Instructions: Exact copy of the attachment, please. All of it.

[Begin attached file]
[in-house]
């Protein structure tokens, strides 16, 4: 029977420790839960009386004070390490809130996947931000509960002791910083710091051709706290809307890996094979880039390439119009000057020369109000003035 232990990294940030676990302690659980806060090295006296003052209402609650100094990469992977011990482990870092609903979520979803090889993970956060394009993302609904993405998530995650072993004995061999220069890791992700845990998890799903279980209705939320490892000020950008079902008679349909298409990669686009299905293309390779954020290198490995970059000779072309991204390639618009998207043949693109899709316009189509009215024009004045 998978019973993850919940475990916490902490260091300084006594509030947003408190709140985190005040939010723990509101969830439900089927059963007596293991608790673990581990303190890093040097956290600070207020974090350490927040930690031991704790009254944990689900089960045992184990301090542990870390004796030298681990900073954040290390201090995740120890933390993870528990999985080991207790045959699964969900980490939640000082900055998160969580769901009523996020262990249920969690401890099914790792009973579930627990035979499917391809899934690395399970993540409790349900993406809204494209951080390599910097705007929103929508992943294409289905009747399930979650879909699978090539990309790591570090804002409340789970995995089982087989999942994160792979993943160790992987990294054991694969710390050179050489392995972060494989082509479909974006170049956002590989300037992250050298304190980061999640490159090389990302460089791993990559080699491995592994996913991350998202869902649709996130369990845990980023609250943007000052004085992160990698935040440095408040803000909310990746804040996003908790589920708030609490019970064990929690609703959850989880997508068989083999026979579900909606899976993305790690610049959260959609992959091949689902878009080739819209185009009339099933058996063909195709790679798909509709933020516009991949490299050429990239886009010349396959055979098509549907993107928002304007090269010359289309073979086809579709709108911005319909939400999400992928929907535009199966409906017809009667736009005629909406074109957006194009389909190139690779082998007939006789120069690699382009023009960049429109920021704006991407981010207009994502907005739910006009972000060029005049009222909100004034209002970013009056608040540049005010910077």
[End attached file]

[in-house]
């Protein structure tokens, strides 16, 4: 029977420790839960009386004070390490809130996947931000509960002791910083710091051709706290809307890996094979880039390439119009000057020369109000003035 232990990294940030676990302690659980806060090295006296003052209402609650100094990469992977011990482990870092609903979520979803090889993970956060394009993302609904993405998530995650072993004995061999220069890791992700845990998890799903279980209705939320490892000020950008079902008679349909298409990669686009299905293309390779954020290198490995970059000779072309991204390639618009998207043949693109899709316009189509009215024009004045 998978019973993850919940475990916490902490260091300084006594509030947003408190709140985190005040939010723990509101969830439900089927059963007596293991608790673990581990303190890093040097956290600070207020974090350490927040930690031991704790009254944990689900089960045992184990301090542990870390004796030298681990900073954040290390201090995740120890933390993870528990999985080991207790045959699964969900980490939640000082900055998160969580769901009523996020262990249920969690401890099914790792009973579930627990035979499917391809899934690395399970993540409790349900993406809204494209951080390599910097705007929103929508992943294409289905009747399930979650879909699978090539990309790591570090804002409340789970995995089982087989999942994160792979993943160790992987990294054991694969710390050179050489392995972060494989082509479909974006170049956002590989300037992250050298304190980061999640490159090389990302460089791993990559080699491995592994996913991350998202869902649709996130369990845990980023609250943007000052004085992160990698935040440095408040803000909310990746804040996003908790589920708030609490019970064990929690609703959850989880997508068989083999026979579900909606899976993305790690610049959260959609992959091949689902878009080739819209185009009339099933058996063909195709790679798909509709933020516009991949490299050429990239886009010349396959055979098509549907993107928002304007090269010359289309073979086809579709709108911005319909939400999400992928929907535009199966409906017809009667736009005629909406074109957006194009389909190139690779082998007939006789120069690699382009023009960049429109920021704006991407981010207009994502907005739910006009972000060029005049009222909100004034209002970013009056608040540049005010910077």